More than a decade after the release of his last record, Jim Neversink returns with an EP that is a powerful reminder that the Durban-born artist is one of the most singularly gifted musicians to have emerged from South Africa.
Titled No Wah-Wah, the recording presents five tracks that are among the most affecting and potent that he’s released in a nearly three decade career that began in Durban in the mid-90s and gathered force when he moved to Johannesburg in 2001 and began using the name Jim Neversink. The EP was recorded in 2023, in Johannesburg and Copenhagen where Neversink has been living since late 2009.
Songs like “Man’s Best Friend”, “Life” and “Walk Out Songs” – which gives the EP its title – reveal that Neversink’s ability to write vivid vignettes about outsider life has not diminished in the 13 years since the release of his last recording. That was 2010’s Skinny Girls Are Trouble which was produced in Johannesburg and New York by Richard Lloyd, former member of the legendary new wave/punk rock band Television.
Lines like “It’s morning time/But there are some who haven’t slept/God bless them” off “Life”, “There’s a man who plays guitar in a filthy harbour bar” off “Walk Out Songs” and “Dogs would rather stay behind/When I go out walking” off “Man’s Best Friend” carry the weight of literature and evoke images that are impossible to shake off and invite you to keep revisiting over and over again.
The inclusion of Jim Neversink’s affecting version of “Master Jack” recasts this South African classic – written by David Marks in the late 1960s – as a song for anyone shrugging off the dictates of others, here delivered with a Hank Marvin-inspired guitar solo that imprints the track’s melody in the listener’s mind with grace and beauty.
No Wah-Wah also features the instrumental “Dagga”, taken from the score Neversink wrote for Durban Poison, a crime/love story by South African film director Andrew Worsdale, that won Best South African Feature Film at the 34th Durban International Film Festival in July 2013.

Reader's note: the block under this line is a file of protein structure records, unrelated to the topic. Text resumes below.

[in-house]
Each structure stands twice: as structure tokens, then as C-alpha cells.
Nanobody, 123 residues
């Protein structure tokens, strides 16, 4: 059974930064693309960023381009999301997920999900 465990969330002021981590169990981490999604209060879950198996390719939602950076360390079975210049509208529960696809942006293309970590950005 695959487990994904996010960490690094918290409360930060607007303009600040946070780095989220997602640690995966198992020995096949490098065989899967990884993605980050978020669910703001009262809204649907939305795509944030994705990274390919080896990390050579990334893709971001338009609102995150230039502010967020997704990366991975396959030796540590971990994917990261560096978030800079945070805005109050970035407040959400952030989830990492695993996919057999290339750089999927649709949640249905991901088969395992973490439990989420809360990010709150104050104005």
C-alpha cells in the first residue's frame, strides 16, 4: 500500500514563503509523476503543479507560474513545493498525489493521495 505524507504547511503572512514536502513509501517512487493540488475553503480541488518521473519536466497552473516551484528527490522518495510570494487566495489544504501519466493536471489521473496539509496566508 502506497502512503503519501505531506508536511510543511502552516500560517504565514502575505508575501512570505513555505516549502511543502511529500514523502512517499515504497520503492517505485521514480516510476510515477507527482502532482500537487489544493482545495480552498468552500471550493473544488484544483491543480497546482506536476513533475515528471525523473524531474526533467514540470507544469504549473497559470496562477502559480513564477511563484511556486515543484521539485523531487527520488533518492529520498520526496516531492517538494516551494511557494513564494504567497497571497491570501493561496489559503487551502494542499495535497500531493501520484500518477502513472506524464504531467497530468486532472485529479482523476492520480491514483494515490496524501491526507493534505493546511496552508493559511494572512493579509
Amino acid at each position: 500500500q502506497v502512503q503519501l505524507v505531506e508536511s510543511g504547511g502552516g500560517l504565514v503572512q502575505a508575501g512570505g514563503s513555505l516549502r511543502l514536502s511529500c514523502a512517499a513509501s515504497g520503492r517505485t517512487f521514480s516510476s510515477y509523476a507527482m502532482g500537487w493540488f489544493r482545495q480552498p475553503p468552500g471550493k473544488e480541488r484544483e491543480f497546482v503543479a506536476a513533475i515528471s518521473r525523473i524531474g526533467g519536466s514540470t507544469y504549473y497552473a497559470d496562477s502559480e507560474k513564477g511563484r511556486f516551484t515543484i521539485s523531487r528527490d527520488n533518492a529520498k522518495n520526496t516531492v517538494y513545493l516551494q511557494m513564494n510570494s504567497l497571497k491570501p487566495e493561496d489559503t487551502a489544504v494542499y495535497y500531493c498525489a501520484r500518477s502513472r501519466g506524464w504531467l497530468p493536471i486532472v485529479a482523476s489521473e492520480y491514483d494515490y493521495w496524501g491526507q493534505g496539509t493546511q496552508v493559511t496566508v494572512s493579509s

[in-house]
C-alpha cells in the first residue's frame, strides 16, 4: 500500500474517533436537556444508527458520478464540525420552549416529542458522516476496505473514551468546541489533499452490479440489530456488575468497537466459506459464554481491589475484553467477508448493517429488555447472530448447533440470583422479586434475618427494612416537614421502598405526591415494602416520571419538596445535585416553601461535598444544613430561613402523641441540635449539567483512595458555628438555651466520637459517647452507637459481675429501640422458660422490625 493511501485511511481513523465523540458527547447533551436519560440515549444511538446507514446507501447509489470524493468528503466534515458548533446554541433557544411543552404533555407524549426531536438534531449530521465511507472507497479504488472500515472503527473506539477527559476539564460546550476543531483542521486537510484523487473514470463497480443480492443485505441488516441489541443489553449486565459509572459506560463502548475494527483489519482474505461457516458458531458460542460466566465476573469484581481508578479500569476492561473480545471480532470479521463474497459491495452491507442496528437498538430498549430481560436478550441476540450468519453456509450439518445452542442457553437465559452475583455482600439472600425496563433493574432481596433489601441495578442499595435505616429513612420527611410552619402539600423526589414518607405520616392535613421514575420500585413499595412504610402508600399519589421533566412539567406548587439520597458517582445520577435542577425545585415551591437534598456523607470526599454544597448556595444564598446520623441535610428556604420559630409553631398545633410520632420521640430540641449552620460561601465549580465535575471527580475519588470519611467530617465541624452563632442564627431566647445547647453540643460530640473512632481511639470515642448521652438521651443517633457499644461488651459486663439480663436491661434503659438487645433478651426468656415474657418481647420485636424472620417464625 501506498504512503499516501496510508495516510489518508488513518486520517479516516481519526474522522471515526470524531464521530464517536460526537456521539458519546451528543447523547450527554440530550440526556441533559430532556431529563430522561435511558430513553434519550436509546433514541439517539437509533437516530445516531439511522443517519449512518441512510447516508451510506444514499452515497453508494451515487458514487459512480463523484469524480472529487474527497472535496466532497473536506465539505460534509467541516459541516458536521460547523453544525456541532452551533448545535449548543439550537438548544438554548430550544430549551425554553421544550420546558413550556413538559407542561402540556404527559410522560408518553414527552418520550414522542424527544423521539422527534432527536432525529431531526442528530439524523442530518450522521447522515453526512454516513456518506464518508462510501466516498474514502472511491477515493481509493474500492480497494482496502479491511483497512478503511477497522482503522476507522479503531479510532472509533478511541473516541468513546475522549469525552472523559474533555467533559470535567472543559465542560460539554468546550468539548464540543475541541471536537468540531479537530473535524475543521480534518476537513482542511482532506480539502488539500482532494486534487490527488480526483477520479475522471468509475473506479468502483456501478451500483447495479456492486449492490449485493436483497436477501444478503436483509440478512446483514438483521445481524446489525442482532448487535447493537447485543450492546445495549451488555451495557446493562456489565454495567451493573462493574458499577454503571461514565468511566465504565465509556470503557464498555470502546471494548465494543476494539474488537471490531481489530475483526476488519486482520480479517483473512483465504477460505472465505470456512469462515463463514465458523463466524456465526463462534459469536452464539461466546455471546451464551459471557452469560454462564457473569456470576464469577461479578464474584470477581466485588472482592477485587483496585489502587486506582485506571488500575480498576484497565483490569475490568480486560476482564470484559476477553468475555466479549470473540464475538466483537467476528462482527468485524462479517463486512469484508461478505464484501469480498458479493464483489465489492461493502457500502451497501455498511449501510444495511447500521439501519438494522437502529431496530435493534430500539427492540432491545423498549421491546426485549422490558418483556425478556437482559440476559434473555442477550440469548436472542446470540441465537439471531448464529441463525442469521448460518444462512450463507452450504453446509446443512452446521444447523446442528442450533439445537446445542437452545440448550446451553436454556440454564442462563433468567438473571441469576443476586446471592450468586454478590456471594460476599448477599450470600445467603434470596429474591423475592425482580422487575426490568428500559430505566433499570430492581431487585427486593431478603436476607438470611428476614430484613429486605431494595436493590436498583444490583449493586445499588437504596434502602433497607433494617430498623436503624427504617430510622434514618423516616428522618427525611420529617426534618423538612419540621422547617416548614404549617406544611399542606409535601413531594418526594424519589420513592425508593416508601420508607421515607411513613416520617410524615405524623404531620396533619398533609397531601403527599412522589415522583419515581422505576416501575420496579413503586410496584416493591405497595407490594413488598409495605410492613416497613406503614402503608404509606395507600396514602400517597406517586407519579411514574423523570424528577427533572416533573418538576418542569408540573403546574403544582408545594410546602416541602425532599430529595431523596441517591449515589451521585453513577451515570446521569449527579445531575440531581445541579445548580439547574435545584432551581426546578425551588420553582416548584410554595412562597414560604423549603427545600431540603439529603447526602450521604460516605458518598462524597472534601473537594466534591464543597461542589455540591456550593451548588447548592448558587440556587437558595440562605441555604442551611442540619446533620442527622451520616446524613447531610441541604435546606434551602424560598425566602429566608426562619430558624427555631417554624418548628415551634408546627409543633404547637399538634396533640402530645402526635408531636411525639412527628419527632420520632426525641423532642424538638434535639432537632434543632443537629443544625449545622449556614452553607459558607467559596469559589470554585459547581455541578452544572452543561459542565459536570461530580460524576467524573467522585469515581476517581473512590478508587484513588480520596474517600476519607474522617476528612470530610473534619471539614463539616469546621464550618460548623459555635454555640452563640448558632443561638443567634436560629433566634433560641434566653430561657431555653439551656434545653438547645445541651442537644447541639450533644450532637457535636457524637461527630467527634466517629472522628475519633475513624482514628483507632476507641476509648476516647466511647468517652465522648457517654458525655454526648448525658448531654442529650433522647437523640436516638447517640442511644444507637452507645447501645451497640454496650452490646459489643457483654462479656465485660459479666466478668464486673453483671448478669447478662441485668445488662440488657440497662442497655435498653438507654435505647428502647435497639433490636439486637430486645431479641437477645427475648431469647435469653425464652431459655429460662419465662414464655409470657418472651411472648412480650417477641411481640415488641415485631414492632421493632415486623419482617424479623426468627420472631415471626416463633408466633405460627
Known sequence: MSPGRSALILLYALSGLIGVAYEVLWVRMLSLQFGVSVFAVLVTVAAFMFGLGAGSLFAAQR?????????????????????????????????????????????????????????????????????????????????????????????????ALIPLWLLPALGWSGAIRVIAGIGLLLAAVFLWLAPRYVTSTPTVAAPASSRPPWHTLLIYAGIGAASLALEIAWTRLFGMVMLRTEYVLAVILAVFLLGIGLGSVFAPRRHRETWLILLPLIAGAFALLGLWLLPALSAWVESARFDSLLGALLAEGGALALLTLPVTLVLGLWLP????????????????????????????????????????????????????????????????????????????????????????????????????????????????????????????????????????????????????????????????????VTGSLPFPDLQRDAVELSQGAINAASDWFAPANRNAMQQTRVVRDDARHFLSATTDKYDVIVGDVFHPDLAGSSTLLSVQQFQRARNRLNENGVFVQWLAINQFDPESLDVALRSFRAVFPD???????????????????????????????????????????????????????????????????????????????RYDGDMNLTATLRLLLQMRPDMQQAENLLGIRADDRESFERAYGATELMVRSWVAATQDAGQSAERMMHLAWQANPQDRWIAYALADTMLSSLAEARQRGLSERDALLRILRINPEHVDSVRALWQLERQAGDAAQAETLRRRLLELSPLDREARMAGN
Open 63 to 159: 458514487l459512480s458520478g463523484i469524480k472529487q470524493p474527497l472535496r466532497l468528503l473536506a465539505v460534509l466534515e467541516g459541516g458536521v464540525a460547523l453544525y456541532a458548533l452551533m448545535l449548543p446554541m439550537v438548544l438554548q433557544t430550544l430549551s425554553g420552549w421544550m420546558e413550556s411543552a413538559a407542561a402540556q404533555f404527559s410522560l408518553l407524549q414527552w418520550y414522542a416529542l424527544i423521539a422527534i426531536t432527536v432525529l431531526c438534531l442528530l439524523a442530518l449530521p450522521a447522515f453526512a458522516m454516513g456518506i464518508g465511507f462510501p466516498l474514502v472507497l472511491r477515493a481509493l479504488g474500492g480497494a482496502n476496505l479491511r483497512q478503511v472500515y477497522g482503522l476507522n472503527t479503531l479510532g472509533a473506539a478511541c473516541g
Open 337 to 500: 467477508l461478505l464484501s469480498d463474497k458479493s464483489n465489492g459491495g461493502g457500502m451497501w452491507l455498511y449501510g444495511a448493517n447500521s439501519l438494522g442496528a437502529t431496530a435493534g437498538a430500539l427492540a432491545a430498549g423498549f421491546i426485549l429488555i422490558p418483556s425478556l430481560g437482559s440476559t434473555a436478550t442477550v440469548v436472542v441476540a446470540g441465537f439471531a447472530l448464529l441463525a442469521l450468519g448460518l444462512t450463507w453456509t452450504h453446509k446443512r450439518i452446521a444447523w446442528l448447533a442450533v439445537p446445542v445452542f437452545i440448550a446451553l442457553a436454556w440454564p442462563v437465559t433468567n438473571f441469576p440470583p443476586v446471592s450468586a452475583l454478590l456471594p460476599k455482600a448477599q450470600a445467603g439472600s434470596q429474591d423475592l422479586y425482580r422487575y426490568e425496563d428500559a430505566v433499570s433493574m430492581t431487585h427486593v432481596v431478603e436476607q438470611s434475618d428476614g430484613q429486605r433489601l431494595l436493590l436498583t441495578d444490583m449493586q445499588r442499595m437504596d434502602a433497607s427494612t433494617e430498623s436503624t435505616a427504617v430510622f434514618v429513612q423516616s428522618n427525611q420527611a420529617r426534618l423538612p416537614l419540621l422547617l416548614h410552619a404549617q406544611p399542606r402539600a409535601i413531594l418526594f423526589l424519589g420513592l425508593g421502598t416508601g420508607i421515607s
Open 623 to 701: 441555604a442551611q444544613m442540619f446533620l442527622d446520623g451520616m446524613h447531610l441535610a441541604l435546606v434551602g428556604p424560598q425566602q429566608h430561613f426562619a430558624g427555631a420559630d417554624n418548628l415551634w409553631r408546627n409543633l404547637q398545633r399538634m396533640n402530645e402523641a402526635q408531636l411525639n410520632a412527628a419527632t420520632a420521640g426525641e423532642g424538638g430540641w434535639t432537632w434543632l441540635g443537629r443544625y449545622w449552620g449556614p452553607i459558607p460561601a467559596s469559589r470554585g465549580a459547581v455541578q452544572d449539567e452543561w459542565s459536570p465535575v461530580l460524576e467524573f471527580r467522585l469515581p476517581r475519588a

In creating the EP, Jim Neversink returned to working with Matthew Fink, who produced Neversink’s 2005 self-titled solo debut album and its follow-up, 2008’s Shakey Is Good. Fink’s treatment of the songwriter’s vision is sensationally realised with a sound that envelops, anchors and drives the songs into the memory.
Jim Neversink comments on working with Matthew Fink
“I’ve worked with so many people, including some big names, but I’m happiest working with people who I groove with musically and personally, That’s why I always tend to go back to the ones I trust because I know they totally get me – which is why I’m delighted to be working with Matthew, Warrick (Poultney, on drums) and Loandi (Boersma, on bass) again.”
Matthew Fink comments on working with Jim Neversink
“My long standing creative relationship with Jim Neversink is kismet. I am a lightning conductor to ground his creative madness. Never to dilute, but rather direct and focus the chaos. I am taken by the social commentary in his lyrics and charmed by his musicality. We have a mutual creative respect where we both have free reign. The No Wah-Wah EP is testament that Jim Neversink is not of this world.”
Jim Neversink will perform a homecoming gig to launch No Wah-Wah at the Radium Beer Hall in Johannesburg on March 25th.
You can listen to No Wah-Wah HERE.
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